Gates Foundation Invests in 104 “Untried, Unproven” Ideas for Global Health

The Bill & Melinda Gates Foundation is doling out smaller chunks of cash to spur bigger thinking. The world’s largest private foundation is announcing today it is awarding 104 grants to scientists—at $100,000 apiece—to support off-the-wall ideas that have potential to shake up the conventional wisdom in global health.

The Seattle-based foundation hopes to pump some life into research on HIV, tuberculosis, and other infectious diseases. This is part of what the foundation calls “Grand Challenges Explorations.” The plan is to get researchers to fill out concise, 2-page proposals for an “untried or unproven” idea, according to a statement. These are the sometimes wild ideas that can’t get funding through the National Institutes of Health’s peer review system, much less thrill venture capitalists. The hope is that the foundation can speed up its review times, and put its money to work faster in the field on some of these far-out concepts, and maybe spark progress to convince other funding agencies to pile on later.

The snappier application process—which kept reviewers blinded to a scientist’s credentials and reputation—appears to have encouraged people to put forward some wildly imaginative ideas. One scientist, Marka Szabolcs of Columbia University, proposes preventing malaria transmission with a “mosquito flashlight” that disorients the bugs. Suzanne Fleiszig of the University of California, Berkeley wants to study natural defenses of the eye to see if it leads to powerful new antimicrobial drugs. Another researcher in Japan, Hiroyuki Matsuoka, thinks it can be possible to turn mosquitos into “flying syringes” that deliver vaccines when they bite people.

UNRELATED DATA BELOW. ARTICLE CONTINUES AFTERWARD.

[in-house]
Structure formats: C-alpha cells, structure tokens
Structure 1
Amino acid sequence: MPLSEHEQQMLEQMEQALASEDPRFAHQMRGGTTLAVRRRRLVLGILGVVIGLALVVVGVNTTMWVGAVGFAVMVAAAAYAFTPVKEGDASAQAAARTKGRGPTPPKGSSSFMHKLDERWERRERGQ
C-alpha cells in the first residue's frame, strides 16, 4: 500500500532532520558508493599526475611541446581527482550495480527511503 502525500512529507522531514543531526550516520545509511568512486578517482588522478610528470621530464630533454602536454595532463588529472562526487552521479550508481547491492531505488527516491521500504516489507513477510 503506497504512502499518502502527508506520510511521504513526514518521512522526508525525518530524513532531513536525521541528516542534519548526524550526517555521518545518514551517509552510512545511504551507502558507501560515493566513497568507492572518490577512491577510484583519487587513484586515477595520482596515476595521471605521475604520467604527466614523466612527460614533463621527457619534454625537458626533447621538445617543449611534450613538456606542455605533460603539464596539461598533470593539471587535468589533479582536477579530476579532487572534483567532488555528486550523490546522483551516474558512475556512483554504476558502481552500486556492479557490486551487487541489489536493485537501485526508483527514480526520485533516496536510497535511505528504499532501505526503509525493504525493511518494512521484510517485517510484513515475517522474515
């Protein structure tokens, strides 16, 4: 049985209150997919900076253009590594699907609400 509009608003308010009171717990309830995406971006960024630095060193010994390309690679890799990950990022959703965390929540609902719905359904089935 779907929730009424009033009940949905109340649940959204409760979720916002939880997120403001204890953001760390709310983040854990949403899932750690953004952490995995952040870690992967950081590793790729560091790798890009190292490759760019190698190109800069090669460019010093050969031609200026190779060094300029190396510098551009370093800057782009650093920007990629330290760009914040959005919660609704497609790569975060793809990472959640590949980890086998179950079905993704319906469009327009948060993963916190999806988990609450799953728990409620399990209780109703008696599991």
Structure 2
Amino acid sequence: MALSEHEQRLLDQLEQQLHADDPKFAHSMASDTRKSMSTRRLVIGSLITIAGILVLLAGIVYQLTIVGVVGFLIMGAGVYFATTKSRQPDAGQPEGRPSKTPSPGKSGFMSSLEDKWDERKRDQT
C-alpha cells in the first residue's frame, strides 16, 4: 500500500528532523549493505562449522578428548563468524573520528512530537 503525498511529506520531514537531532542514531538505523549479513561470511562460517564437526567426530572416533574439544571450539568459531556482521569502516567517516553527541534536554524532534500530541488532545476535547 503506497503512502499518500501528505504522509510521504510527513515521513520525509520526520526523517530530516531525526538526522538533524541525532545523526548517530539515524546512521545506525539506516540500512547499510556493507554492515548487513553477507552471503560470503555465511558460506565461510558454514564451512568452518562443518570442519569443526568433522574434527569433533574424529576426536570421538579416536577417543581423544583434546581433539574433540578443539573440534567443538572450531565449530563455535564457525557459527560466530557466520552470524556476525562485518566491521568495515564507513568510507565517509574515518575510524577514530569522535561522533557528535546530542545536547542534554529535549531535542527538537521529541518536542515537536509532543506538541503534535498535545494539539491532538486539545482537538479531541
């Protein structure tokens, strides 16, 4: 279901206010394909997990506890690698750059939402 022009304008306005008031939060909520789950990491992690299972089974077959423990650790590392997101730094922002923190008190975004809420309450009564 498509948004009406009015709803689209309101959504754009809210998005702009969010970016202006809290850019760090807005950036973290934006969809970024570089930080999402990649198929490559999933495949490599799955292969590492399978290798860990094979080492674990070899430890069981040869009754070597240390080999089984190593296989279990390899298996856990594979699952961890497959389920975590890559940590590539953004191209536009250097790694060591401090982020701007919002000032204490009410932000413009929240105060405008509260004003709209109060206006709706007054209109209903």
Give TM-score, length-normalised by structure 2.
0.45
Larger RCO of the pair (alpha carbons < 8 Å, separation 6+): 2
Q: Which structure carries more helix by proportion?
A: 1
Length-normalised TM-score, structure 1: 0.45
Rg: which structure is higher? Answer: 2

“We were hoping this program would level the playing field so anyone with a transformational idea could more quickly assess its potential for the benefit of global health,” said Tachi Yamada, president of global health at the Gates Foundation, in a statement issued at the Grand Challenges annual meeting in Bangkok. “The quality of the applications exceeded all of our expectations.”

The 104 grant winners come from 22 countries. A sizable chunk of them hail from Xconomy network cities, with seven from Boston and five from Seattle, but none from San Diego. (Get ’em next time, SoCal.) Here’s a rundown of the local grant winners:

—Francois Baneyx of the University of Washington won his award for an idea called VACAS, or vaccinating adjuvant core antigen shell nanoparticles.

—James Kublin of the Fred Hutchinson Cancer Research Center has an idea for studying fast-growing sporozoites (e.g., cells that develop in a mosquito’s salivary glands) for producing a new type of whole cell vaccines.

—Pradipsinh Rathod of the UW received support for strategies to block hypermutagenesis in malaria parasites.

—Keith Jerome of the UW is going to test his ideas for homing endonucleases that might cure dormant HIV infections.

—Dmitry Shayakhmet of the UW will study elimination of macrophage cells infected with tuberculosis.

The Boston contingent includes:

—George Church of Harvard University (an Xconomist) will use the cash to pursue studies of the genomes of antibiotic resistant bacteria.

—Tayyaba Hasan of Harvard will test an idea about using light therapy for leishmaniasis, a parasitic infection.

—Roy Kishony of Harvard will study drugs that invert selection for resistance.

—Sarah Fortune of Harvard will look at chromatin condensation as a master switch to put pathogens into latency, or dormancy.

—Kim Lewis of Northeastern University will capture dormant tuberculosis cells from a mammalian host.

—Ali Munawar of Cambridge, MA-based Molecmo Nanobiotechnologies is planning to target the ways HIV gets ferried inside cells as an antiviral approach.

—Shi-hua Xiang of Dana-Farber Cancer Institute in Boston will look at mucosal delivery and retention of anti-HIV agents using lactobacillus, a type of bacteria that turns lactose and other sugars into lactic acid.

Lastly, we spotted a prominent HIV researcher now in Oregon, who used to be at the Seattle Biomedical Research Institute:

—Nancy Haigwood of Oregon Health and Science University received a grant for programming neutralizing antibodies for HIV vaccines.

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